Real - reel
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- The adjective real is derived from the Late Latin reālis, an adjective formed from the Classical Latin noun rēs ('thing'). Real is the adjectival equivalent of the abstract noun reality. Its central meaning is 'having objective, physical existence'; 'the thing itself'. From this, many secondary meanings have developed, some best explained by the opposites that are paired with real in particular contexts.
- In ordinary life, real may be opposed to 'unreal, not actually existing, imaginary' (as in ‘Was Sherlock Holmes a real person or merely a fictional character?’); to ‘false, not true or not actual’ (as in ‘Was his poor state of health the real reason for his resignation or was that simply a pretext?’); and to ‘not genuine’ (as in ‘He has been a real friend to me’, i.e., He has done everything that could be expected of a friend and fully deserves to be called a friend.)
- In Philosophy, real may be opposed to 'nominal', as in the distinction between real and nominal essences famously drawn by the English philosopher John Locke (1632-1704) in his Essay Concerning Human Understanding (1690) (III.vi.2). The nominal essence of, e.g., gold, Locke explains, is ‘that complex idea the word gold stands for, let it be, for instance, a body yellow, of a certain weight, malleable, fusible, and fixed’, whereas the real essence of gold is ‘the constitution of the insensible parts of that body, on which those qualities [mentioned in the nominal essence] and all other properties of gold depend’. Thus a nominal essence is, roughly speaking, the meaning of a word, whereas a real essence is the fundamental nature of a thing. A related distinction is often drawn between real and nominal (or lexical) definitions: a real definition states a real essence, while a nominal definition states a nominal essence.
- In Mathematics, real may be opposed to 'imaginary', as in the concept of imaginary numbers, i.e., numbers based on the impossible, or unreal, number √-1.
- In Optics, real may be opposed to 'virtual' and applied to images: a real image derives directly from the object looked at, while a virtual image derives from the instrument (a mirror or a lens) by means of which the object itself is observed; or, more precisely, "if [an] image is seen at a point from which the rays appear to come to the observer, but do not actually do so, the image is called a virtual image" (A Dictionary of Physics).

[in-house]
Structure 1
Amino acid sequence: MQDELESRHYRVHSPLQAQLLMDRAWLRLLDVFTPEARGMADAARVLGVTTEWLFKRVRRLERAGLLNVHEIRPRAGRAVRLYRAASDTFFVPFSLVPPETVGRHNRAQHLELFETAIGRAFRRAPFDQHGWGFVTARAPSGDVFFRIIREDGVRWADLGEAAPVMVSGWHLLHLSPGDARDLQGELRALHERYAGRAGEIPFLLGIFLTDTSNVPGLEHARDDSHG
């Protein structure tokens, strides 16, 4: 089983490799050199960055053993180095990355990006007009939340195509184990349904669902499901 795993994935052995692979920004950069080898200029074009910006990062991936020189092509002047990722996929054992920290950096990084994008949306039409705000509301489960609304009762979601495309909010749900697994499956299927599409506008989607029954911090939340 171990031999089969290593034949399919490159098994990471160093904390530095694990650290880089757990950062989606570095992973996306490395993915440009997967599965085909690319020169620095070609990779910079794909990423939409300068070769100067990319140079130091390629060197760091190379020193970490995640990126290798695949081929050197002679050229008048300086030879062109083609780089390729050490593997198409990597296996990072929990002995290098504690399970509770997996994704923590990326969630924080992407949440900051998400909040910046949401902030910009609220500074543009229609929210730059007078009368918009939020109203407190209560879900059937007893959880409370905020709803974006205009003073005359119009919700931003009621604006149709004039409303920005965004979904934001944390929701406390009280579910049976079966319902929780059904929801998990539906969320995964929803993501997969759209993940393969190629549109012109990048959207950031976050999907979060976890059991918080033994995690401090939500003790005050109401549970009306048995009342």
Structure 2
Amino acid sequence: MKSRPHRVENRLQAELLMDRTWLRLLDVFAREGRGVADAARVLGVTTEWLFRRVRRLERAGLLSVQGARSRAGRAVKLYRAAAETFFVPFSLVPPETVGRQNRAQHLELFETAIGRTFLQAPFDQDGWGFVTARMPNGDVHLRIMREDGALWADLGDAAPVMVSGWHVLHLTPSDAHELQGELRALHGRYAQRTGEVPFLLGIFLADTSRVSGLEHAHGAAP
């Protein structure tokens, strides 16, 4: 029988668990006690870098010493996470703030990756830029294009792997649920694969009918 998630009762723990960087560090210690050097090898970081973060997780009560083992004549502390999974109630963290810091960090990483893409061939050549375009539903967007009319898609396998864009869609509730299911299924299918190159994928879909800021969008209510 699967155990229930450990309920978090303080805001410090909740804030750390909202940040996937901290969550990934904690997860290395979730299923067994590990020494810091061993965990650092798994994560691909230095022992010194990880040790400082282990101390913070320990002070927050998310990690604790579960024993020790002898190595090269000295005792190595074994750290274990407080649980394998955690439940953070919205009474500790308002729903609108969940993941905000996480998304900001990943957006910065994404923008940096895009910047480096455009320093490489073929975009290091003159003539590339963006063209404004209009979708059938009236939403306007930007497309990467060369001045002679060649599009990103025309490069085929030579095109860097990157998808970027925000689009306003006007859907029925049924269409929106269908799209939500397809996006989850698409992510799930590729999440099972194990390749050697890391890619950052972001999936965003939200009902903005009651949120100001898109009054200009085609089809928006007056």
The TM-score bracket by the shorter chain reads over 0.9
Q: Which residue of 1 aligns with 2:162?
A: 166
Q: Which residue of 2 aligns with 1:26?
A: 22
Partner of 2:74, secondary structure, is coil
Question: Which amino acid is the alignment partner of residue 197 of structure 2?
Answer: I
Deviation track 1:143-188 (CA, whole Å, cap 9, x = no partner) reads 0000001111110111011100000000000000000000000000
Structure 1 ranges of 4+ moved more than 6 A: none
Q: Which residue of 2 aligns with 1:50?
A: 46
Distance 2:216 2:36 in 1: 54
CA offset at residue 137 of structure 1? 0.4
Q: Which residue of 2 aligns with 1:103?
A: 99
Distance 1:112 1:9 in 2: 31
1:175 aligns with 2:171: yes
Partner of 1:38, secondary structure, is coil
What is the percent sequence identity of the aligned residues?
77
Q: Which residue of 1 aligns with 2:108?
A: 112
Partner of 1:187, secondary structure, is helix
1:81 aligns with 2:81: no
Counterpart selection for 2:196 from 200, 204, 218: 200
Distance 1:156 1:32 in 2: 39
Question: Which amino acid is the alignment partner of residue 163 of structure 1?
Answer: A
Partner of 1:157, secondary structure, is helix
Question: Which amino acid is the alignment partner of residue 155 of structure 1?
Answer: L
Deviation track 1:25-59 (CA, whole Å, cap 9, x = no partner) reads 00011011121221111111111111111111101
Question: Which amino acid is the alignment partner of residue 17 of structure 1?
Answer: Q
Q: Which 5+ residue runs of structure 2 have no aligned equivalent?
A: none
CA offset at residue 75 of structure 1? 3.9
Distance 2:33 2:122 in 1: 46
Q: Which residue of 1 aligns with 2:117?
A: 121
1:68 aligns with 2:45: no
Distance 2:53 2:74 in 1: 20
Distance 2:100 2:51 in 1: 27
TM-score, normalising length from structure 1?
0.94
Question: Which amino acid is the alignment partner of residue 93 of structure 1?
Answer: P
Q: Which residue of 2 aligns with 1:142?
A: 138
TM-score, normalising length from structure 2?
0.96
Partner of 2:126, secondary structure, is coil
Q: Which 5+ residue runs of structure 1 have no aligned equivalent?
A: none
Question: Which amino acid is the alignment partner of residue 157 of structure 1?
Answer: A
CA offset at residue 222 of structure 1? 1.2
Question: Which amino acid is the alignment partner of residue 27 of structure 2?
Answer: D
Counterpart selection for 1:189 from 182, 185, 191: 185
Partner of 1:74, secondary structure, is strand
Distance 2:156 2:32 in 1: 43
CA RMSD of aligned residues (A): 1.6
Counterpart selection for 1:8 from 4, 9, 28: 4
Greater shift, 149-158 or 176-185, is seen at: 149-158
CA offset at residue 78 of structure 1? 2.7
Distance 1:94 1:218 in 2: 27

- In Economics real value is distinguished from nominal value. Nominal value is value calculated in strict monetary terms, whereas real value represents value in terms of purchasing power (i.e., monetary value adjusted to take account of inflation). Thus if over a period of time someone’s salary rose from £25000 per annum to £26000 (an increase of 4%), the nominal value of their salary has risen, but if over this same period there has been inflation of 5%, the real value of their salary has fallen, i.e., its purchasing power is less and it is worth less ‘in real terms’.
- In Computer Science, virtual reality is a computer-generated environment that ‘seems real’, i.e., appears to the person who experiences it to have a close resemblance to reality.
- There is also an obsolete adjective real meaning 'royal', 'kingly' or 'majestic. This is akin to the word used in the name of the Spanish football team Real Madrid (where real is pronounced in the Spanish way, 'ray-AL', IPA: /reɪ 'ɑːl or /re 'al//), as well as being cognate with the English 'royal': both are derived from Latin regālis, 'of a king'.